When you think of food allergy or intolerance, rice isn’t something that automatically comes to mind. However, rice contains proteins, which means it can cause allergies and it can also cause intolerance symptoms. Today we discuss the most common symptoms of rice allergy and intolerance, how you can get tested, what foods to avoid and how you can manage a rice intolerance.
If you have a rice allergy, even breathing steam coming off cooked rice can cause you to have symptoms. You don’t have to eat rice to react, but you do have to be near it, inhale the steam or touch it for symptoms to occur.
The main rice allergy symptoms are similar to all other food allergy symptoms:
Management of a rice allergy entails complete avoidance of all rice and rice containing products. A careful reading of labels must be undertaken. If anaphylaxis is likely, you will need to create a management plan with your doctor.
Rice is a staple food in many cultures around the world. It is enjoyed as a side dish, main meal and even desserts. However, people with rice intolerance may have difficulty digesting it – leading to digestive issues and other health problems.
Rice intolerance usually occurs when gluten proteins found in some types of grains, such as wheat, are cross-reacted with proteins found in rice. Rice intolerance can manifest itself in different ways – from mild bloating or stomach ache to flu-like symptoms and anaphylactic shock.
People suffering from wheat sensitivity are most likely to experience rice intolerance, so it’s important for them to identify the potential causes of their digestive issues before making any changes or going on a strict gluten-free diet.
This occurs only after you have eaten rice, unlike the allergy, which can occur from touching rice or inhaling the steam of cooking rice.
Rice intolerance symptoms are inflammatory or digestive in nature.
Remember also that intolerance symptoms can sometimes be mild symptoms and can take up to 48 hours to manifest. Food intolerances can be difficult to pinpoint.
It is possible to reduce the symptoms of digestive upset caused by eating rice by introducing alternate sources of carbohydrates and protein into one’s diet. This could include oatmeal instead of wheat toast for breakfast; potatoes instead of pasta at lunch; quinoa instead of couscous at dinner; and nuts and yoghurt snacks throughout the day instead of crackers or granola bars. Additionally, some studies have suggested that foods high in zinc – such as pumpkin seeds, sesame seeds and mushrooms – can help reduce the intensity of digestive reactions associated with foods like wheat and rice.
The first thing that we always recommend to people who suspect they have a food intolerance is getting tested. Our state-of-the-art bio-resonance test is completely non-invasive, with a quick turnaround time. You can expect your results within three days of the lab receiving your small hair sample. You can read more information and order your test HERE.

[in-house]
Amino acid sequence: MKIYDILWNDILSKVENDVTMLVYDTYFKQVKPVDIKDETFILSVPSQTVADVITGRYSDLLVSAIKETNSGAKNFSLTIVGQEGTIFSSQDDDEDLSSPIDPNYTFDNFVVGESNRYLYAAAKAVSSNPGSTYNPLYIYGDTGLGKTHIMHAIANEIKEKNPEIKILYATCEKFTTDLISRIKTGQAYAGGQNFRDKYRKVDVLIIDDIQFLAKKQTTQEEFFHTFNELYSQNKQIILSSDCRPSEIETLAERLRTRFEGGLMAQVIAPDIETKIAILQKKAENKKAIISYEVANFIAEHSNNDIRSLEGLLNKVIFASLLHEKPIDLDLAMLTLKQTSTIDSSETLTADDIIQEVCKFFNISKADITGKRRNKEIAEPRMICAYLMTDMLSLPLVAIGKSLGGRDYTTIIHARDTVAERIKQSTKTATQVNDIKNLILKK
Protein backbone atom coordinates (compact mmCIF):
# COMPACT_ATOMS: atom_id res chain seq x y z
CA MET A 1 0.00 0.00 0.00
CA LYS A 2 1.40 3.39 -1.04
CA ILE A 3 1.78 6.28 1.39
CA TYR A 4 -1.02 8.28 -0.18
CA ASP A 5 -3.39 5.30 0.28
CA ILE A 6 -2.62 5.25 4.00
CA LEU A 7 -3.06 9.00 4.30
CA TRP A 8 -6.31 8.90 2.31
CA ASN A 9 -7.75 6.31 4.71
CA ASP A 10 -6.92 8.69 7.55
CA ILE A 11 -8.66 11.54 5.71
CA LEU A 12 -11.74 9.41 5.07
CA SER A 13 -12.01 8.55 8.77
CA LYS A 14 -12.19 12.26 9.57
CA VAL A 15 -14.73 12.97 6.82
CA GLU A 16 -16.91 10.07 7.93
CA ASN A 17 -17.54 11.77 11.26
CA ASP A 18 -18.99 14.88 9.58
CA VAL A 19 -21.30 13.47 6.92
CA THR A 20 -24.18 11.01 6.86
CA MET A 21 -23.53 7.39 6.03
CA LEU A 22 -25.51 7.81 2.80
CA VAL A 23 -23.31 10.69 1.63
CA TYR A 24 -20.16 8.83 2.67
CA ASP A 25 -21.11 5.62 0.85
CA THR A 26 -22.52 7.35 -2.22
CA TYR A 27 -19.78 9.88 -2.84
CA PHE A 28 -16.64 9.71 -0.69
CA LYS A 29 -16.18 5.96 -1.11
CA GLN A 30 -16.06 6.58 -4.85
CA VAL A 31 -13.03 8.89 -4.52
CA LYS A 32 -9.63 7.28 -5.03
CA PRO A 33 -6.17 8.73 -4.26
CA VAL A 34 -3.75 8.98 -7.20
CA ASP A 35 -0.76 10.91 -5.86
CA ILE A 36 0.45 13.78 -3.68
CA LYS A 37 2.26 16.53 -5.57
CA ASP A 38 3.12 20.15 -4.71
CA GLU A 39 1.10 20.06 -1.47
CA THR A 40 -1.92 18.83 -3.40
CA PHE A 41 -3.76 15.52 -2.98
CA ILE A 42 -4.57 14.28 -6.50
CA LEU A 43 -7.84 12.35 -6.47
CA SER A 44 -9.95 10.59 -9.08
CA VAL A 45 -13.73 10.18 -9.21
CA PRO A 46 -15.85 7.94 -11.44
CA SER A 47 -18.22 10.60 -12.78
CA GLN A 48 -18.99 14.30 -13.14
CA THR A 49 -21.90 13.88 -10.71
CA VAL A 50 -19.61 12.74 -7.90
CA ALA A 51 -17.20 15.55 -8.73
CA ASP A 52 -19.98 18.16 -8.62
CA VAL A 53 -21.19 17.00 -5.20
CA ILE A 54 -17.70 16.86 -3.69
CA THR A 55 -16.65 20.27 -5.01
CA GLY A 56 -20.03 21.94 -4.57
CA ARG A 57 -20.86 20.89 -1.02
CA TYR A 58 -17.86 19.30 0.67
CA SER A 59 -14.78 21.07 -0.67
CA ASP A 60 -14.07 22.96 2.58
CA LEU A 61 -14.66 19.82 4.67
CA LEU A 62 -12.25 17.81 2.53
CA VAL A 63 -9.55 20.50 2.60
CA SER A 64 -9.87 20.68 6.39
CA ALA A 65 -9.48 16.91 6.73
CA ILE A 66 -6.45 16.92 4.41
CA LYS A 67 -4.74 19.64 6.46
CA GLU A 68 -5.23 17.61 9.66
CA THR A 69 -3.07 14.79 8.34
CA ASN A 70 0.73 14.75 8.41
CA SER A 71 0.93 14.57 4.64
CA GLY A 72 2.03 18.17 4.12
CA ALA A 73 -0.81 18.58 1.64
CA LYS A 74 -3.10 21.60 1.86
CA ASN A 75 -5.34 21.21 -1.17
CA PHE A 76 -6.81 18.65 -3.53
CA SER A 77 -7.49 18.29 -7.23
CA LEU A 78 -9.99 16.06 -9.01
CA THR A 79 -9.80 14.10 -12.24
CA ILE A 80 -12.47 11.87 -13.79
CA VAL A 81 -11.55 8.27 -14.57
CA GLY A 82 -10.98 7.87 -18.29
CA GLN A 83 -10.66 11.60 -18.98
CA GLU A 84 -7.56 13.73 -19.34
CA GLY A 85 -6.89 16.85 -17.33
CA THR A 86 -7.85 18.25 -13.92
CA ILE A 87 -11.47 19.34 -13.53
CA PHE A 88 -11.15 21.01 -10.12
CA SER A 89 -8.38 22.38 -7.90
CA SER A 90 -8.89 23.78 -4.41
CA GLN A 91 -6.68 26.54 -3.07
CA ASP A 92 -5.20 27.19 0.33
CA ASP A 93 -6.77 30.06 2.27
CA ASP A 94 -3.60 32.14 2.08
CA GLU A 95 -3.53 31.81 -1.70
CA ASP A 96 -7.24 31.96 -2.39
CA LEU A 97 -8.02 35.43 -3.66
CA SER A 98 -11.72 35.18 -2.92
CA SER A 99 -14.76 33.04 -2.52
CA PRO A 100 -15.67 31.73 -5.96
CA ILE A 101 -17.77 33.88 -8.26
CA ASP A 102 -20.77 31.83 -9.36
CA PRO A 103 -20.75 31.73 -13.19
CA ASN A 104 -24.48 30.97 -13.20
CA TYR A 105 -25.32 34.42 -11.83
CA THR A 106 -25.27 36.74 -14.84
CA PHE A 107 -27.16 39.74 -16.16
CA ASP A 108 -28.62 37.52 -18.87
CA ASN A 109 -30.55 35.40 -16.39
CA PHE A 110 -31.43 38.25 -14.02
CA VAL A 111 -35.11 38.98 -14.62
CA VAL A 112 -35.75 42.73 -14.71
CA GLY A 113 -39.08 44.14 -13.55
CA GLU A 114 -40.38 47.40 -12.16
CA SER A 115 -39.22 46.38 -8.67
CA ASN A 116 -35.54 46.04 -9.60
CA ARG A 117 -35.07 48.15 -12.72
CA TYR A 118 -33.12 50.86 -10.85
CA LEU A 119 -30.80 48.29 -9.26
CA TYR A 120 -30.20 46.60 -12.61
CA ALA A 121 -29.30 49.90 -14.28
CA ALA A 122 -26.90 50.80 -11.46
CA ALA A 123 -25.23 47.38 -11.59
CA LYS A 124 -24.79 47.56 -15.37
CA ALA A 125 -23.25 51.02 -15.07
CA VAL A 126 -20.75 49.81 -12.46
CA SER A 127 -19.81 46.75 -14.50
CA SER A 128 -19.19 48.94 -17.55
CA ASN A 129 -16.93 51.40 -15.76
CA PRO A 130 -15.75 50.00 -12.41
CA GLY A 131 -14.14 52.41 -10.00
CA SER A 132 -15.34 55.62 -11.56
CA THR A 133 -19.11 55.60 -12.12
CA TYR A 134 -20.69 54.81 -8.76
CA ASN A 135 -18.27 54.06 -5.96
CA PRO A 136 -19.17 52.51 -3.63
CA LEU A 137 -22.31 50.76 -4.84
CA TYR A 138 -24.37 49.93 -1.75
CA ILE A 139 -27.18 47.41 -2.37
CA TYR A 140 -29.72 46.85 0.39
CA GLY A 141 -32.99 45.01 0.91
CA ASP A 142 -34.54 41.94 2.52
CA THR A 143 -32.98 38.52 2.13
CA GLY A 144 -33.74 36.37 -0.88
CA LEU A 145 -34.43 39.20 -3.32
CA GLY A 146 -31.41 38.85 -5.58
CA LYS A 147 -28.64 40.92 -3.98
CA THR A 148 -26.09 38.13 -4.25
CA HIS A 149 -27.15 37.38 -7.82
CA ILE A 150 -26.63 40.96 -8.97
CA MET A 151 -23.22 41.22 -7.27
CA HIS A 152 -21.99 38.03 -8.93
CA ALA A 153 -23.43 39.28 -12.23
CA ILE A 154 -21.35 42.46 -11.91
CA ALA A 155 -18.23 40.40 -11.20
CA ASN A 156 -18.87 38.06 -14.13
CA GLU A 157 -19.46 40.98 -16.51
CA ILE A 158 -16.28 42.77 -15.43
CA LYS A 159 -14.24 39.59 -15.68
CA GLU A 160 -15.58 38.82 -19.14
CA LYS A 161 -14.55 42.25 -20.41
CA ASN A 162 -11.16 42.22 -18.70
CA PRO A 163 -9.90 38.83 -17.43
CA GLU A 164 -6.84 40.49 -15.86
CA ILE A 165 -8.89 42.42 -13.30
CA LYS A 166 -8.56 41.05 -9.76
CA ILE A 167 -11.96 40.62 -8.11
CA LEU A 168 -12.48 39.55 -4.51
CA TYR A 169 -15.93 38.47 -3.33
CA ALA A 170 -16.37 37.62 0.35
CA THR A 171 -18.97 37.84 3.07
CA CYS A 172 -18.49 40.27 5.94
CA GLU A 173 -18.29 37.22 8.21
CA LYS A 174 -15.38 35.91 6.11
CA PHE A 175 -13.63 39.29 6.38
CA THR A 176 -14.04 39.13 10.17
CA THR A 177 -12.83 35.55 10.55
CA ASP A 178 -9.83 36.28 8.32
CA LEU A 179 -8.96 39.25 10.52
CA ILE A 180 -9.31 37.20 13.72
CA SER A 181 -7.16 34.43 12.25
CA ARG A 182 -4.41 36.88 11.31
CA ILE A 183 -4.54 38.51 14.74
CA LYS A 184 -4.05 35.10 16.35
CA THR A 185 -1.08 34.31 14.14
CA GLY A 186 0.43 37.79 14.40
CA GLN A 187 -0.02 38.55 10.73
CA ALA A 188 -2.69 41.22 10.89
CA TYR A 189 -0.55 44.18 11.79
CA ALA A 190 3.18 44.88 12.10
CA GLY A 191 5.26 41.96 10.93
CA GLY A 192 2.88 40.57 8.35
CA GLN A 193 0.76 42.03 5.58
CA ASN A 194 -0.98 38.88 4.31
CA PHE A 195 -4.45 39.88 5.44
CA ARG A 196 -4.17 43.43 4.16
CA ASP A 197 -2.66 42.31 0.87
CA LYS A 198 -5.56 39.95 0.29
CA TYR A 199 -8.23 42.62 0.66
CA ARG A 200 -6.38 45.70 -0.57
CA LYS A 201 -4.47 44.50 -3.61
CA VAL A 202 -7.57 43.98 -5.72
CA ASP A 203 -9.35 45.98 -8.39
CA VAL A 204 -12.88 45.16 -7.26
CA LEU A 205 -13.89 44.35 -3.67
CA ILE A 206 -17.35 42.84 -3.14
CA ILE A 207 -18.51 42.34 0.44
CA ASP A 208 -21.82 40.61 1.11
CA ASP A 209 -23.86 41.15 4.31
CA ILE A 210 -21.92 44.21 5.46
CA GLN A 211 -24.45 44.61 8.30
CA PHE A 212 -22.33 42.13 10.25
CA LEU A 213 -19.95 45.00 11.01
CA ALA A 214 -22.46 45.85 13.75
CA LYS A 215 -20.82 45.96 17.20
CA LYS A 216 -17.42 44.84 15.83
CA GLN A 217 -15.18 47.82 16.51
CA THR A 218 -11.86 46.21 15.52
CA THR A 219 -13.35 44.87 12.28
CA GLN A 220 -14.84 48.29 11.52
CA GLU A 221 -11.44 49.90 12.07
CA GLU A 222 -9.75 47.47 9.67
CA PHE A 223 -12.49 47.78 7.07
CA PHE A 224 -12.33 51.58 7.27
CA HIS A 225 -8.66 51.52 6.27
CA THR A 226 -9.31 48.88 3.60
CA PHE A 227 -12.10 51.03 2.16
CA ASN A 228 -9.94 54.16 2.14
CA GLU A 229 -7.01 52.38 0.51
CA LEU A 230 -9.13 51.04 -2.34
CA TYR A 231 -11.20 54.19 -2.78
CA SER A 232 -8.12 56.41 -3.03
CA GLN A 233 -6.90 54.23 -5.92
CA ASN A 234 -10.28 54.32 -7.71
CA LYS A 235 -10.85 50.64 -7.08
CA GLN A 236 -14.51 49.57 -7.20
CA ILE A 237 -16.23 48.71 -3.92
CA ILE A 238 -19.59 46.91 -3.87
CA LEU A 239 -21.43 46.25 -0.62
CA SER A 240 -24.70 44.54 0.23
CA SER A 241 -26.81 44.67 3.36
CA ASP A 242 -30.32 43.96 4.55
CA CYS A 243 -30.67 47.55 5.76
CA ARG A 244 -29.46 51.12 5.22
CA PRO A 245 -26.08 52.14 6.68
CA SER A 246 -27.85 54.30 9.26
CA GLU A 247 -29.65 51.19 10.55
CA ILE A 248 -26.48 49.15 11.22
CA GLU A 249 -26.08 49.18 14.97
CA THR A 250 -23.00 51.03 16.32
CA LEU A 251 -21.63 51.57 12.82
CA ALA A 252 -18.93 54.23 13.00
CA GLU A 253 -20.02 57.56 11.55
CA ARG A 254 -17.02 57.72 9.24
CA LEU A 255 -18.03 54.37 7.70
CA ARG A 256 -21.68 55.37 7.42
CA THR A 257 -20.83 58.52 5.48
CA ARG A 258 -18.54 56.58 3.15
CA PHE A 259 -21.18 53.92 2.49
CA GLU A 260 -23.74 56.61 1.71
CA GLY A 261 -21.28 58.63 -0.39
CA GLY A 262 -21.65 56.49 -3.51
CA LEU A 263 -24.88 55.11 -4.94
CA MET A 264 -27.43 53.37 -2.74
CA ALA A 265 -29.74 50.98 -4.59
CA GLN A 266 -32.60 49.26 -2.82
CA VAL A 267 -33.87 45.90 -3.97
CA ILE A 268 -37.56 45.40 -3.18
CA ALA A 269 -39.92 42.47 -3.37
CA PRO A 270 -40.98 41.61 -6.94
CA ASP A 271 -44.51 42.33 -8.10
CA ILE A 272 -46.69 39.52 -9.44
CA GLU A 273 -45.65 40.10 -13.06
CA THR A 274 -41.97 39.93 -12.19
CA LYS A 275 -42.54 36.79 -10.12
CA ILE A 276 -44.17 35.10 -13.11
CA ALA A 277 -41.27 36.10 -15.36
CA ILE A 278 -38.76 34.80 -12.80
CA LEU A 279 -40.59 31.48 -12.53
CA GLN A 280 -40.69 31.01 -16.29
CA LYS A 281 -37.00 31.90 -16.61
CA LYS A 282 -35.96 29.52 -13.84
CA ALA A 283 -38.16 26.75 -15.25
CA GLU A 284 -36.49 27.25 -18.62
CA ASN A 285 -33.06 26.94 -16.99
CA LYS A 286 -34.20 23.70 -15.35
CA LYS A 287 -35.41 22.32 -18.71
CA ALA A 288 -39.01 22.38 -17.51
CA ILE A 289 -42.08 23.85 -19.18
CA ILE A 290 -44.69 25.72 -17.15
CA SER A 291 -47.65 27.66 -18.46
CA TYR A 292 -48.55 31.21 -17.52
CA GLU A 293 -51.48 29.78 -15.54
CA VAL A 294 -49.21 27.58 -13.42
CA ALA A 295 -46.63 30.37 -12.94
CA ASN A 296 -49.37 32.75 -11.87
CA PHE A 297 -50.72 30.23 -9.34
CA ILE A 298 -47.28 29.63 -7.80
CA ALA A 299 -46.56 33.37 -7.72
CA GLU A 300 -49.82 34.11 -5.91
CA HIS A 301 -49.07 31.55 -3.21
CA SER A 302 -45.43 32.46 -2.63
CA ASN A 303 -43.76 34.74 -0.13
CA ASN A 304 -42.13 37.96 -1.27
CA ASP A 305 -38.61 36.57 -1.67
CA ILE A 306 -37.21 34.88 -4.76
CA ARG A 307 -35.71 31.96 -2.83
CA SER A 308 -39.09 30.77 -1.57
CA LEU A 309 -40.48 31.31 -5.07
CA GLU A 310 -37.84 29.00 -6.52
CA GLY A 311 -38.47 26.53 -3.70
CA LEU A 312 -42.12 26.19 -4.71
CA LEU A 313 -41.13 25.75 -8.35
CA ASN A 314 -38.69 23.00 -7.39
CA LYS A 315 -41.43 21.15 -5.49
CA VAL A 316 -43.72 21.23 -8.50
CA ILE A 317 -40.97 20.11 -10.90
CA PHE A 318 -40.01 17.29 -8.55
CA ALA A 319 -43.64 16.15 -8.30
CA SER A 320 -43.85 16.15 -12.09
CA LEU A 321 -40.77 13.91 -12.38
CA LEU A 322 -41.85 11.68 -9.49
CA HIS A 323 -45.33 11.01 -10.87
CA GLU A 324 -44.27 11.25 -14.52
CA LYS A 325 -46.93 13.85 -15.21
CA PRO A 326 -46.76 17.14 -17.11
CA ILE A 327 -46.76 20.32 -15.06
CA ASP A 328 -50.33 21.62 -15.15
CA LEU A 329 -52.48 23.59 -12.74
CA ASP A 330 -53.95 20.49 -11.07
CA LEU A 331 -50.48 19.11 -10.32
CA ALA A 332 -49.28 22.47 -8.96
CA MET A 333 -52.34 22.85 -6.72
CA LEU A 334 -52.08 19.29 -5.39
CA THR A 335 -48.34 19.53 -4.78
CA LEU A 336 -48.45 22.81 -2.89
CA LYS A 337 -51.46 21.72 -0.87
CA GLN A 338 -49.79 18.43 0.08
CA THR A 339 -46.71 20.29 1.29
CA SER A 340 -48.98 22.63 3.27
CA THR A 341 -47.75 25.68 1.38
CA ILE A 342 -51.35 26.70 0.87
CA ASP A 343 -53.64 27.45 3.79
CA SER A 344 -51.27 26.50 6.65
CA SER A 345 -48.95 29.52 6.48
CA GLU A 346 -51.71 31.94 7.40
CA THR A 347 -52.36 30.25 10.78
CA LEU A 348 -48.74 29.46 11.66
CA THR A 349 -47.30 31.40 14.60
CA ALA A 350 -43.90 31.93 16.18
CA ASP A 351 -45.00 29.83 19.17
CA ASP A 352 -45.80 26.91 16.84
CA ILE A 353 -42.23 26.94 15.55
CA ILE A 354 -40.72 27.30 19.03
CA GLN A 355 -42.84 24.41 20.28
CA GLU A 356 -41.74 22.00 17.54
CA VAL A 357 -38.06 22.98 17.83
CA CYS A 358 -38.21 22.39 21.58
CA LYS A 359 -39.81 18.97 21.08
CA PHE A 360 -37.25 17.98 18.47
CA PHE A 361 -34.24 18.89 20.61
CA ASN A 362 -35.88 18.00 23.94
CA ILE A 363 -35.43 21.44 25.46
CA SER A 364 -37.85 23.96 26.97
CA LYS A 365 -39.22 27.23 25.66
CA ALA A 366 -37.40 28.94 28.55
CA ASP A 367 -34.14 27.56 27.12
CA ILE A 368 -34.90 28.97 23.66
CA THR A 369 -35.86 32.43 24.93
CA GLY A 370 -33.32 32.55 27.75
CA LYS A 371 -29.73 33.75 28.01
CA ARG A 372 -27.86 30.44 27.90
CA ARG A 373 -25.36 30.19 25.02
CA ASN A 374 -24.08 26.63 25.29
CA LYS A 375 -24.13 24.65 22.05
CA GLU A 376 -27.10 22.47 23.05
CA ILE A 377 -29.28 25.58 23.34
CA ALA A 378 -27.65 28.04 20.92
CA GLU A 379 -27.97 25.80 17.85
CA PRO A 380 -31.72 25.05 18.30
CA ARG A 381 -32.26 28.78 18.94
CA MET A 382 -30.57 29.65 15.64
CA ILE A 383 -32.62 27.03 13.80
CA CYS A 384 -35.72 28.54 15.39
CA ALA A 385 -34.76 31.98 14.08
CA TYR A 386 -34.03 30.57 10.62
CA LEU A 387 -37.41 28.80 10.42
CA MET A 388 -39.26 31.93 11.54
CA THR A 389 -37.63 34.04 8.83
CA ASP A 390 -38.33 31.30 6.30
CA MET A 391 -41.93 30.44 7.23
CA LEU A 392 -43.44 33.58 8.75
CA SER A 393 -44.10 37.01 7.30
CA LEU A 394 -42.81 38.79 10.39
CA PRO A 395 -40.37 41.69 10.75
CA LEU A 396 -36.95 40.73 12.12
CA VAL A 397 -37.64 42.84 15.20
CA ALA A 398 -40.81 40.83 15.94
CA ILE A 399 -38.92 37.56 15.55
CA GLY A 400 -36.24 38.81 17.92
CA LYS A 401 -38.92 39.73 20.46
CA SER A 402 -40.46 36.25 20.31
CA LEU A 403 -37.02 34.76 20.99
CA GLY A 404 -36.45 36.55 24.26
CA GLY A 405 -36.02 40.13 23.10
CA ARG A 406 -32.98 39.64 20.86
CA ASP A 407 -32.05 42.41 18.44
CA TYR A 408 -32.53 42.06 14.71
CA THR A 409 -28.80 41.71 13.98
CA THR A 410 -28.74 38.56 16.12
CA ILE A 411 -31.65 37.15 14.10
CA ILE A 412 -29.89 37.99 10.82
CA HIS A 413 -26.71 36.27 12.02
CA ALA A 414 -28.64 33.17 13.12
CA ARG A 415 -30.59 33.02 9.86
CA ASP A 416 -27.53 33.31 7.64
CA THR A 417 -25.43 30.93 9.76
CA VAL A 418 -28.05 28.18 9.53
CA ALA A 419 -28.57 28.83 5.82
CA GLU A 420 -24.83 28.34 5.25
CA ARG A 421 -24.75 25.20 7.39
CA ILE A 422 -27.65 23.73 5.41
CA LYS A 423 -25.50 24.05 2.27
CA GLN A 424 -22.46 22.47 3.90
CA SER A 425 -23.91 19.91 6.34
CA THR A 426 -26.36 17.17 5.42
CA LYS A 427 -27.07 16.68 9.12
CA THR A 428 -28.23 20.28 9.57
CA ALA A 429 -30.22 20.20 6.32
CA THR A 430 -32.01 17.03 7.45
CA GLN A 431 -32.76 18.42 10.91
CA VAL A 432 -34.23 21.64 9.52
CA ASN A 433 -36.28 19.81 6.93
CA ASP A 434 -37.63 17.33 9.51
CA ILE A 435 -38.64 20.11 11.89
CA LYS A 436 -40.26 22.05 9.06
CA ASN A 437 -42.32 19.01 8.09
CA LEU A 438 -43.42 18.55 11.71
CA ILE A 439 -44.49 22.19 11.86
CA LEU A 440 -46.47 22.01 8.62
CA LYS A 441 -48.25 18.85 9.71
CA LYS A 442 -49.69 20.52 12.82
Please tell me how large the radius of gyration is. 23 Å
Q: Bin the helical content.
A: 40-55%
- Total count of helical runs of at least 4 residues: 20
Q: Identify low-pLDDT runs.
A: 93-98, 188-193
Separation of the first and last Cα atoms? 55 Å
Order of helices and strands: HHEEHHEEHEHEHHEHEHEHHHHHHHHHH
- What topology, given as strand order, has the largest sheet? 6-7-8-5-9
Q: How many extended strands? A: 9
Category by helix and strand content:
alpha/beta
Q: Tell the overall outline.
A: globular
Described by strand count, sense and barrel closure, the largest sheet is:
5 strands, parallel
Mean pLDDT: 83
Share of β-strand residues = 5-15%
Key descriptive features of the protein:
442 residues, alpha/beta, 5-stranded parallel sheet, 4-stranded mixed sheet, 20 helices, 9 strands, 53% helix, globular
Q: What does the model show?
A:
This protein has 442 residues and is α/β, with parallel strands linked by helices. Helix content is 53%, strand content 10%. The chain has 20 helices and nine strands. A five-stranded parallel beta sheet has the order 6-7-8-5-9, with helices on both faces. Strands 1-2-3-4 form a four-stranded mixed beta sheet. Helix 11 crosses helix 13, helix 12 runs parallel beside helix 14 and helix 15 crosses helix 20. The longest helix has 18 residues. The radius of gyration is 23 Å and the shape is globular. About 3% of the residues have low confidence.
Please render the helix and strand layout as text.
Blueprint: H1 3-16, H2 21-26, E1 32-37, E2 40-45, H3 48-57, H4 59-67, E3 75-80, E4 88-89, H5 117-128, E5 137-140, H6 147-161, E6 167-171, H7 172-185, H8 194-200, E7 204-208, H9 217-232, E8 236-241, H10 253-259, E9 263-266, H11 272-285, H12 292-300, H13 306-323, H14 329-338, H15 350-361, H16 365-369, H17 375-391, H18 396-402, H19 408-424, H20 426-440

We recommend this as the first step because people see such dramatic improvements in their symptoms when using the results from this testing method. It also tests for more than just the food you are concerned about. Our current testing method assesses over 700 food and non-food items that may be causing your body problems. It tests them all in the same procedure. We also have a six-week 100% money-back guarantee, so you have nothing to lose!
You can also get tested via a blood draw, but this is obviously much more invasive and can take a lot longer to receive results.
Another way to assess whether you have a food intolerance is to practice an elimination diet. Eliminate the food for a period, and then slowly reintroduce it. This can give some good results, but it is time-consuming and can be quite frustrating if the problem is not the food you think. We have written an article all about elimination diets; you can access it HERE.
We are assuming here that you have been diagnosed with an allergy or have taken a food intolerance test, and rice is on your list of intolerant foods. The following are the most common places where rice is found. Be sure to avoid them all.
Assuming again that you have received a test result for rice intolerance, here is what you can do to manage it.
For a period of 12 weeks, avoid rice and all rice-containing foods strictly. This gives your gut a chance to get rid of the inflammation and heal. It is also a great idea to undertake some gut healing work with a naturopath or holistic nutritionist during this time. Not only does this improve your health overall, but it also makes it more likely that you will be able to tolerate some rice when you retest.
After 12 weeks, you can slowly reintroduce rice. Have a small amount on day 1, and then wait for 3 days before consuming any more. This allows you to see if your body is still reacting to it or perhaps whether you can tolerate it better now. Everyone will respond differently here. The important thing is to take this process slowly and give it enough time before consuming it again to be sure of any symptoms that might be occurring.
Rice can seem relatively benign, but in fact, it still contains proteins and therefore can cause both food allergies and food intolerance. We have had a look at the most common symptoms of both and covered what you can do if you suspect you have a rice intolerance.
There is a handy list of foods that contain rice and guidance on what to do if you get a rice intolerance diagnosis. All hope is not lost, and you may be able to tolerate some rice again after your cleansing period.
As always, if you suspect you have a rice intolerance, the first step is to get yourself tested. You can order your test HERE today and be on the road to recovery within 3 days of your sample being received at the lab. Please don’t delay; we want to see you getting better right away!